Simon watched through the small window in the inner cargo bay door. Zoe had her back to him, holding onto the wall, her concentration on the small figures far out in nothingness. Nothingness, but so much of it. He hated that, being made to feel his insignificance, but he hated more the fact that his wife was out there, and he couldn’t help her. He wasn't even sure which one of them was her.
He turned his back, hoping she’d forgive him, and went to find his daughters. He needed to hold onto something real. Someone alive.
Hank looked at River sitting next to him, and wondered what she was thinking. She’d taken to Burton Wyatt and his crew from the first moment Mal had introduced them, and found friends amongst them. Only now they were gone. One minute walking and talking, and the next … just gone.
That was something he was never going to get used to, no matter how often it happened. The total fragility of life out here. Mal, Jayne, Freya … hell, even Zoe … they seemed to take it in their stride, and weren't above contributing to it themselves if needed, if called upon to do so. He’d done it himself, killed folks, but he knew it was never going to be easy. It didn’t occur to him that was one of the reasons Zoe loved him.
River stiffened next to him, her hands clasping at the armrests, staring out at the remains of the other Firefly.
Kaylee reached the first of the larger sections that still remained intact, with difficulty recognising it as part of the exterior bulkhead from the rear of the main cargo bay. Pulling herself along, she moved slowly, taking care not to rip her suit on any of the thousands of tiny points of sharp metal lifted from the surface by the explosion.
“You be careful,” Mal said in her ears, and she had to smile a little. A good man, always looking out for them.
“Always careful, Cap’n,” she managed to respond, seeing what looked like a piece of manifold just ahead, and reaching out for it.
Something touched her leg, and she glanced down, ready to push it away if it looked as if it was likely to damage … She screamed.
“Kaylee!” Mal, worry breaking through the anger in him. He and Jayne were with her in a moment, pulling her back from the wreckage, checking her suit for any tears or leaks.
She gulped air, trying to calm her racing heart, then pointed down.
“Kaylee?” Hank broke in. “What is it? Kaylee?”
“What we expected,” Mal answered shortly, putting himself in front of the young woman. “Jayne.”
“Gorramit,” the ex-mercenary muttered, as if his extensive knowledge of Chinese cursing had finally let him down. He moved forward, reaching towards the remains.
It was a hand, ice-white, ending in ragged flesh and bone just beyond the wrist. Blood had frozen into tight red spheres like an obscene bracelet decorated with living rubies. Dead rubies, now though.
He scooped it into the bag at his waist.
“Kaylee. Kaylee.” Mal tried to get her attention. “We knew this was like to happen.”
She swallowed, looking at him through the helmet’s visor. “I know, Mal.”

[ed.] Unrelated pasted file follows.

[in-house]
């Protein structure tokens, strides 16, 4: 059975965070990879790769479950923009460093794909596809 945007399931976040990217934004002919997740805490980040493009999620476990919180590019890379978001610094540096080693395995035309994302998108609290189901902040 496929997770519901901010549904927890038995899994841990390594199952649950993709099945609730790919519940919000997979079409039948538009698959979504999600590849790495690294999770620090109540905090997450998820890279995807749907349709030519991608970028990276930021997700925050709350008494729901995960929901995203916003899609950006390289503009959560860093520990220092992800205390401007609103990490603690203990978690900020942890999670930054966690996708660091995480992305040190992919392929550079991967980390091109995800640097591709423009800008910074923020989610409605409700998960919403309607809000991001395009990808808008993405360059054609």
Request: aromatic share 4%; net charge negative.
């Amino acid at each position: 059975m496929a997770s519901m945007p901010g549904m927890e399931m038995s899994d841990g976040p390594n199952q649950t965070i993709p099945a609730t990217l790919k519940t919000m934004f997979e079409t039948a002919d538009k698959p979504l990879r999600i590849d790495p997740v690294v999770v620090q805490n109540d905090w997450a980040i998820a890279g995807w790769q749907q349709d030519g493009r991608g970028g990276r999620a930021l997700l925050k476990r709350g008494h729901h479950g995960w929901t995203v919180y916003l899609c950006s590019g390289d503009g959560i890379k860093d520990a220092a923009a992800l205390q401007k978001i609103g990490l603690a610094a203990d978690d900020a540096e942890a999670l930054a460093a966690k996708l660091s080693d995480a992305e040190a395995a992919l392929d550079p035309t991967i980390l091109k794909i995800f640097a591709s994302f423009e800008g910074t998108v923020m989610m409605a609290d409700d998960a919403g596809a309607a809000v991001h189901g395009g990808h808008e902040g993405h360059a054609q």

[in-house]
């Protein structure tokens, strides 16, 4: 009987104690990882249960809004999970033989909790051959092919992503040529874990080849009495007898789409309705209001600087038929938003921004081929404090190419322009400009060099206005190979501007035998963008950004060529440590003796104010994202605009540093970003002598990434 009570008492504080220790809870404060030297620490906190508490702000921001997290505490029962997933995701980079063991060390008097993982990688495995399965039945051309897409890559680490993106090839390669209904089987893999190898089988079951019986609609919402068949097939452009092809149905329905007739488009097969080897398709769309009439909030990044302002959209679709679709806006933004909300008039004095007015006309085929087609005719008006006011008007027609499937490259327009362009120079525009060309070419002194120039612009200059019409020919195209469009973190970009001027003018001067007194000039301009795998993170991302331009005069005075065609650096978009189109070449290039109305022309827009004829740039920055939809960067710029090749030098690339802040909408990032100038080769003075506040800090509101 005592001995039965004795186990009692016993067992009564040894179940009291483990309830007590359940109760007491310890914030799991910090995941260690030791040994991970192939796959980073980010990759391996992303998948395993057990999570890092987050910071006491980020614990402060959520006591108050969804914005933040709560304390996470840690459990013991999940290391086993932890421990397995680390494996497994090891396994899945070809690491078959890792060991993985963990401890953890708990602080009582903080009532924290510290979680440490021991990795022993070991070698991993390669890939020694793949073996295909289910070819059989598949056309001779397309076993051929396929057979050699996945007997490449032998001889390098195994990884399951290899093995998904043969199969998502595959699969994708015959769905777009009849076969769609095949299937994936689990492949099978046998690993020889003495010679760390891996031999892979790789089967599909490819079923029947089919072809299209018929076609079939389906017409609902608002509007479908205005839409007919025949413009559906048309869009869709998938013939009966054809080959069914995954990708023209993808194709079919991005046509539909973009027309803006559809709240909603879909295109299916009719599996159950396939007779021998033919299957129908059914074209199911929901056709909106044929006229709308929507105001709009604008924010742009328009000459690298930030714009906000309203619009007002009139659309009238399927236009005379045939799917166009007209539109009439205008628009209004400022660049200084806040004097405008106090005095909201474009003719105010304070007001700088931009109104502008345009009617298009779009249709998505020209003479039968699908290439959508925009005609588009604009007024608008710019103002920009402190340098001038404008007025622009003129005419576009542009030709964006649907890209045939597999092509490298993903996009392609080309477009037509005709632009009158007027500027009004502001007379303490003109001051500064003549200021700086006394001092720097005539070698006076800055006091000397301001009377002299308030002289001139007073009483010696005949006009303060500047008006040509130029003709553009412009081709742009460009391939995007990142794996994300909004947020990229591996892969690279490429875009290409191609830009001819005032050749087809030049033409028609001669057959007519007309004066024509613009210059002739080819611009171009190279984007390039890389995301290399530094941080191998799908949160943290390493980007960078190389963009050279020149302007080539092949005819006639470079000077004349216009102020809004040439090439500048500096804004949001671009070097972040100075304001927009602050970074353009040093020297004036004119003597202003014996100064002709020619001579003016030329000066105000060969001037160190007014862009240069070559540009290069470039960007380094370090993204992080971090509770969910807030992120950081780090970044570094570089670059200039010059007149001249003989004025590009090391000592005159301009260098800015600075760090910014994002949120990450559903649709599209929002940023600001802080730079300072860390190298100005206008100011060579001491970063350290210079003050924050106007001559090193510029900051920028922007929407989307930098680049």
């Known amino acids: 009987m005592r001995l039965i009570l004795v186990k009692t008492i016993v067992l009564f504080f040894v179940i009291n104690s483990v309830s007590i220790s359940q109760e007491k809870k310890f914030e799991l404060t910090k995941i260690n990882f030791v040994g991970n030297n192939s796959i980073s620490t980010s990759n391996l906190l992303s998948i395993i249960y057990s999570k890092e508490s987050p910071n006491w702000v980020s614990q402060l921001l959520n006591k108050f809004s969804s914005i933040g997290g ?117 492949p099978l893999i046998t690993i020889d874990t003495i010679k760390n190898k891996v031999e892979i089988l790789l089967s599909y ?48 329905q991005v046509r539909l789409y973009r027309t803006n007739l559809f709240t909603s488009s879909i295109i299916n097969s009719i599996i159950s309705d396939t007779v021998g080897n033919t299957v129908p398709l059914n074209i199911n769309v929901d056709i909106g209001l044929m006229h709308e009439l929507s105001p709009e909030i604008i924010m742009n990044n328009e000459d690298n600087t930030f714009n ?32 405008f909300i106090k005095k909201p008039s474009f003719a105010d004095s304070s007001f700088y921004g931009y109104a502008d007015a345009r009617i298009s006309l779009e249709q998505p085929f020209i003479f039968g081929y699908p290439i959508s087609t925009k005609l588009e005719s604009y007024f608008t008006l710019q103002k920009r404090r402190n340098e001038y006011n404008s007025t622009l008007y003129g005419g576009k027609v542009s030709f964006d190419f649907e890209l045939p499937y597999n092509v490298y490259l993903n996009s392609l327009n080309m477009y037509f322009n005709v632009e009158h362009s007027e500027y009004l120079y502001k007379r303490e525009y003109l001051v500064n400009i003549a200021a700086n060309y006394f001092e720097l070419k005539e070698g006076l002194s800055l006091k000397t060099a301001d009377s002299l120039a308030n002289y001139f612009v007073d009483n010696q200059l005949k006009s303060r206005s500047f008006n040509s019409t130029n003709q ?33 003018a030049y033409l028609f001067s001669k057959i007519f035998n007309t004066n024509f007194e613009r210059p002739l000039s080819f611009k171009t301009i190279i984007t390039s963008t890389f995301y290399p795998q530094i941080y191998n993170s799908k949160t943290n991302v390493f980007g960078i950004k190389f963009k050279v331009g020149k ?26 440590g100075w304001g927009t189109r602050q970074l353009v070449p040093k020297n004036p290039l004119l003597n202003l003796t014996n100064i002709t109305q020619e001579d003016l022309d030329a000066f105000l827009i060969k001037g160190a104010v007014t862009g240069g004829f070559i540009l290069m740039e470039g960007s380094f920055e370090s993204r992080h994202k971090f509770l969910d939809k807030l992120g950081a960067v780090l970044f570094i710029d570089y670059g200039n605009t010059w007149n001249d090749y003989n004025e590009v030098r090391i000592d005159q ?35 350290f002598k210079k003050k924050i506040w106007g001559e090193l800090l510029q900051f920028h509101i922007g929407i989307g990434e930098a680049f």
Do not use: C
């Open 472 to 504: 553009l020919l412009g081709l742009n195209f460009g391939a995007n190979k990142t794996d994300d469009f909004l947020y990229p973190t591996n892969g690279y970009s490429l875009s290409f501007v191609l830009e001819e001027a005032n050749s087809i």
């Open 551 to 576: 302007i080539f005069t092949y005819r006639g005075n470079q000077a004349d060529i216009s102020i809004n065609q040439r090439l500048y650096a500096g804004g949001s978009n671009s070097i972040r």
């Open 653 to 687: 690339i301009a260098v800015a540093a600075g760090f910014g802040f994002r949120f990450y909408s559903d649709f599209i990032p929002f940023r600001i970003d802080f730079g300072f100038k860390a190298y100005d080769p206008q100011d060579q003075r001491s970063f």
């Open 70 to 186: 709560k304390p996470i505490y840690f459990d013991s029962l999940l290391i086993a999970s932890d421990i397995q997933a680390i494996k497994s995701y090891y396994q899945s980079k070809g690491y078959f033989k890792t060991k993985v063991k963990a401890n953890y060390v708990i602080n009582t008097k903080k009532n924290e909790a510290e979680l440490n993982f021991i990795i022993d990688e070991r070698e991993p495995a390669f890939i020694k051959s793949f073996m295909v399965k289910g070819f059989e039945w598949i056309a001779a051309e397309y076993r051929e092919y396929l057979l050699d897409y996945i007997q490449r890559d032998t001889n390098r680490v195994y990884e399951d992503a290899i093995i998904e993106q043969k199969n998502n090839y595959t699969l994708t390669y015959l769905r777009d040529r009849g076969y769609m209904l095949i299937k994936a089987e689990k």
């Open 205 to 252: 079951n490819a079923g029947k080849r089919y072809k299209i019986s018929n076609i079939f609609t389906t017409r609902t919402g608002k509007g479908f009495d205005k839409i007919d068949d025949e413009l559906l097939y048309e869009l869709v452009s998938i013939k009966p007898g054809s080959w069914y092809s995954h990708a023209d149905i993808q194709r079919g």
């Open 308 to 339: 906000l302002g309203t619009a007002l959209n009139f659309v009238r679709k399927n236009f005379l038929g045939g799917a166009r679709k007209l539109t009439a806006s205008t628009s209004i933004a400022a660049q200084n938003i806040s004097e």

The anger burned a little hotter in him. She never called him ‘Mal’ unless she was really upset. He managed to soften his tone. “Got us a job to do, xiao mei-mei. Me and Jayne’ll take care of this. You do your part, and leave the rest to us.”
She pulled herself together. “I seen worse,” she said, remembering Corvus, when the Reavers had come.
“That ain't something to be boasting about,” Mal reprimanded, and she had to smile.
“Just a shock, is all.” She took a deep breath. “Let’s get to work.”
Mal nodded. “Good girl.”
“Mama?” Ethan asked, patting her face gently.
Freya blinked. “It’s okay.”
“Worried.” He snuggled closer.
“Nothing for you to worry about,” she assured him.
“Not me. You.”
She pushed his hair back from his forehead. “I'm okay, jiao er.” She looked at Bethie. “Did you …”
The little girl shook her head. “Foggy.”
Freya relaxed a micron. “Me too.” At least they hadn’t picked up on what was happening out there.
“Don’t like it,” Bethie admitted. “Not being able to peek.”
“Neither do I. But the measles … I don’t know, it did something to us. Blunted us somehow.” She sighed. “I can only read your Uncle Mal at the moment, and it’s the same for your Auntie River. She can only feel Uncle Jayne.” She looked into Bethie’s wide brown eyes. “Can you feel anyone?”
Freya smiled sadly. “Sorry about that.”
“Hey!” Ethan complained, but yawned too, remembering too late to hide it with his hand.
Jesse sat up, looking from one to the other, her brow furrowed at the obvious tension. “Mama? Story?” she suggested.
“A story.” Freya pursed her lips. “Okay. I think I can remember one. But you all have to close your eyes, dong mah? Close your eyes and just listen to my voice.” She waited until they had complied. “Once upon a time, so very long ago and far, far away, a princess lived in a tall tower. Her only friends were the birds of the air and the small mice who came to visit at night, feeding on the crumbs she left out for them …”
Mal slid another … piece into the bag, half his attention on Jayne doing the same task, and half on Kaylee as she collected metal bits of her own. On the edge of his mind, though, almost like the glow of a far dawn, was his wife’s voice, telling a story about princes and first kisses, and he let it warm him as he continued with his grisly task.